It is that time of year again. The snow has melted, the air is warmer, and the spring peepers and wood frogs have begun their raucous calling.
These boisterous frogs and the vernal pools they inhabit are a sure sign of spring, and part of what makes Maine’s wildlife, woods and waters so special and beloved by all of us.
Maine’s environment is central to our economy and our way of life. Protecting it is an investment in our families, our communities, and our future prosperity. That’s why it is so distressing and disappointing to see the many short-sighted proposals being considered by the Legislature that would threaten our natural resources and the core values we hold so dear.
There is a lesson to be learned from those little frogs and the places they call home. Vernal pools are a nursery, a food source, and a resting area for many important species. From salamanders to deer and frogs to bear, vernal pools play a critical role in the circle of woodland life. These pools come and go throughout the year, but they are some of the most important aquatic habitats in Maine.
Yet lawmakers are debating several proposals that would put Maine’s vernal pools, the frogs that live there, and the circle of life they support at great risk.
Like many other bills that are threatening Maine’s natural resources this year, the opposition to vernal pool protection seems to rely on old-school logic that says we have to choose between a clean and healthy environment and good jobs.
It is time to put that false choice to rest once and for all.
We know from economic data, and from the experiences we all have living and working here in Maine, that nothing could be further from the truth.
In fact, Maine’s current policies that protect our water, land and wildlife offer a balanced, common-sense approach forged by Maine lawmakers, scientists and stakeholders during the course of several decades.
In the late 1980s, the Maine Legislature designated a wide range of important natural resources as being particularly important to our quality of life and our economic prosperity. They designated these special places as “significant wildlife habitat” and developed policies that would most efficiently identify and protect these key areas, including vernal pools, without overburdening landowners.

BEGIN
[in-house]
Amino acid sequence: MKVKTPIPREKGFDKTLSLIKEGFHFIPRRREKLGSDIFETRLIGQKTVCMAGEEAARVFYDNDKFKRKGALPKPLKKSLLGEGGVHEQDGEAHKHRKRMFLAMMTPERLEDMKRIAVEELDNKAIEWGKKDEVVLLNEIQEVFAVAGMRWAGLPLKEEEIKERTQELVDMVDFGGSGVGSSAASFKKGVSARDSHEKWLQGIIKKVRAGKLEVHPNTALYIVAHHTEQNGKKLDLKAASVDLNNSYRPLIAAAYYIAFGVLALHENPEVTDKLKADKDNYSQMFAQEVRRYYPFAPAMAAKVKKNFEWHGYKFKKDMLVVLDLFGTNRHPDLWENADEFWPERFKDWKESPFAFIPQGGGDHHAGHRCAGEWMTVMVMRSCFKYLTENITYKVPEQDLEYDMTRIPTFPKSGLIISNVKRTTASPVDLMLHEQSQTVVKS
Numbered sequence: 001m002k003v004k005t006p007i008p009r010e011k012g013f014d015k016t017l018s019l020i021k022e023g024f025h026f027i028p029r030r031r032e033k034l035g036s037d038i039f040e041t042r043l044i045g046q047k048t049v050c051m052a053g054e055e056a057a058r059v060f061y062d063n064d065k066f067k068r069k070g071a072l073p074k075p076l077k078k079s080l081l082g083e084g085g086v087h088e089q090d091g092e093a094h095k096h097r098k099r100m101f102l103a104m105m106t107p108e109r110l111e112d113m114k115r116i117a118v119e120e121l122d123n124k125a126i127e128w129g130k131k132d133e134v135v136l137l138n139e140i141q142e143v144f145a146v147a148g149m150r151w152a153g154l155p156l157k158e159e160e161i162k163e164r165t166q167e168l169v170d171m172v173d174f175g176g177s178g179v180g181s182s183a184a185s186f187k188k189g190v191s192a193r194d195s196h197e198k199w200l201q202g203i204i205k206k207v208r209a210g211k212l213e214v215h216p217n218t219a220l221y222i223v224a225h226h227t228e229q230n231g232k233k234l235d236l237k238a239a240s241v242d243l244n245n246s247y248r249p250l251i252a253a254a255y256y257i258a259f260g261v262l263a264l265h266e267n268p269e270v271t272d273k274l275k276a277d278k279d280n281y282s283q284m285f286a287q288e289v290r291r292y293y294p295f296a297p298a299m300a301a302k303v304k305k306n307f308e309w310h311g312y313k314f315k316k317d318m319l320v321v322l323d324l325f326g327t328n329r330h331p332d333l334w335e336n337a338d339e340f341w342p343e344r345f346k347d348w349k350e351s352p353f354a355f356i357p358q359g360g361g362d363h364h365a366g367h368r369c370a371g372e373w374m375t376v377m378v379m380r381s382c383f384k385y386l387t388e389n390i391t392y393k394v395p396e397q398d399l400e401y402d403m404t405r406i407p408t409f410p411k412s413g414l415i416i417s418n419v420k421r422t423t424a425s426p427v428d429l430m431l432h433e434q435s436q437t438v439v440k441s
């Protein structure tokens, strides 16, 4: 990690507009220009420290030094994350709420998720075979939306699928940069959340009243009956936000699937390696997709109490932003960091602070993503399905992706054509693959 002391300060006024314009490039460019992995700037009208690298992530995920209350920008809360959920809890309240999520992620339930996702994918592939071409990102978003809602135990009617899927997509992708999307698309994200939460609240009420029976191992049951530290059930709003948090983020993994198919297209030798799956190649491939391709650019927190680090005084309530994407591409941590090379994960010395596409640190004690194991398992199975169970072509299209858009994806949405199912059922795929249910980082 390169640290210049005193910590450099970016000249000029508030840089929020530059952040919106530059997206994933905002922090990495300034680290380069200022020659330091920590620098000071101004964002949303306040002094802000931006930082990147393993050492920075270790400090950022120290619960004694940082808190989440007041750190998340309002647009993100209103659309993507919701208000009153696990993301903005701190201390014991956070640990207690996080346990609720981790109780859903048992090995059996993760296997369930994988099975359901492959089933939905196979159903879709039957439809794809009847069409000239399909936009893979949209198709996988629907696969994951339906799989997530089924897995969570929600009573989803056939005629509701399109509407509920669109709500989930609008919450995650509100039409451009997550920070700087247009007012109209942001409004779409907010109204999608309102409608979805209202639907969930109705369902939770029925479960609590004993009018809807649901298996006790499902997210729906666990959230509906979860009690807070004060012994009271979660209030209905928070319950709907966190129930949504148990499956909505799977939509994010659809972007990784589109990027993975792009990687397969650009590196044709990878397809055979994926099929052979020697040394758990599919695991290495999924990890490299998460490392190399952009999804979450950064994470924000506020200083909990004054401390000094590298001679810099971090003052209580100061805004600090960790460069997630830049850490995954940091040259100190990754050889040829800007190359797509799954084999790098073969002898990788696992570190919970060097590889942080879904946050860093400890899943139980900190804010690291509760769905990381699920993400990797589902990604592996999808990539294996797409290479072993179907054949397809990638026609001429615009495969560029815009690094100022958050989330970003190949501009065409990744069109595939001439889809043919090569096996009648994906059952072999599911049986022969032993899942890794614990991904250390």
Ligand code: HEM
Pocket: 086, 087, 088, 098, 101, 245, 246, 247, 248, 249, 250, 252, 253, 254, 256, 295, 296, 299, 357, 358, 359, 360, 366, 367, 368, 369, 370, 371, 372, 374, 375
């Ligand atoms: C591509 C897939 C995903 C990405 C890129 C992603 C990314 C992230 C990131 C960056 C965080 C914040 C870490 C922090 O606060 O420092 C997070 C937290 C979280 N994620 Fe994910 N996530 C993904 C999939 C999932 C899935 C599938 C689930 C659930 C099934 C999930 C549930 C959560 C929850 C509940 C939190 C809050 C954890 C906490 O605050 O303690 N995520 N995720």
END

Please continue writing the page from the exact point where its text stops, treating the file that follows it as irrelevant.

The laws in place passed overwhelmingly and they are working. Harm has been minimized and not one permit to build near a significant vernal pool has been denied since the protections went into effect.
Since 2007, research has shown that only 20 percent of vernal pools meet the biological threshold to require permits. In this same four years there have been more than 13,500 housing starts statewide, but less than 1 percent have needed a permit. And of the 75 permits that have been issued, 63 were issued in 14 days — a speedy turnaround by any standard.
The governor has stated that he wants environmental standards that are based on sound-science, support our economy, and are administered fairly and efficiently. Clearly, Maine’s efforts to protect our very best wildlife habitat, including our most significant vernal pools, are an excellent example of environmental standards at their best. Basing decisions on good science and good economics is reasonable, responsible and smart, and it’s the foundation for building good jobs and a high quality of life for our children and grandchildren.
It’s time to end the scare tactics, the misinformation, and the fretting and fussing over mud puddles and skidder tracks. No one would disagree that we need to create more good jobs and opportunities for Maine businesses to grow and prosper. But eliminating protections for our best vernal pools will do nothing to get us there.
Maine’s environment is what sets the state apart — it’s our biggest competitive advantage. Let’s keep our eye on the ball and our ears open to the rowdy little frogs that are sending us a message loud and clear from Maine’s woods and waters: a clean environment, healthy people and wildlife, vibrant communities, and a strong and growing economy all go hand in hand — we don’t have to choose one over the other.
Lynne Lewis is a professor of economics at Bates College.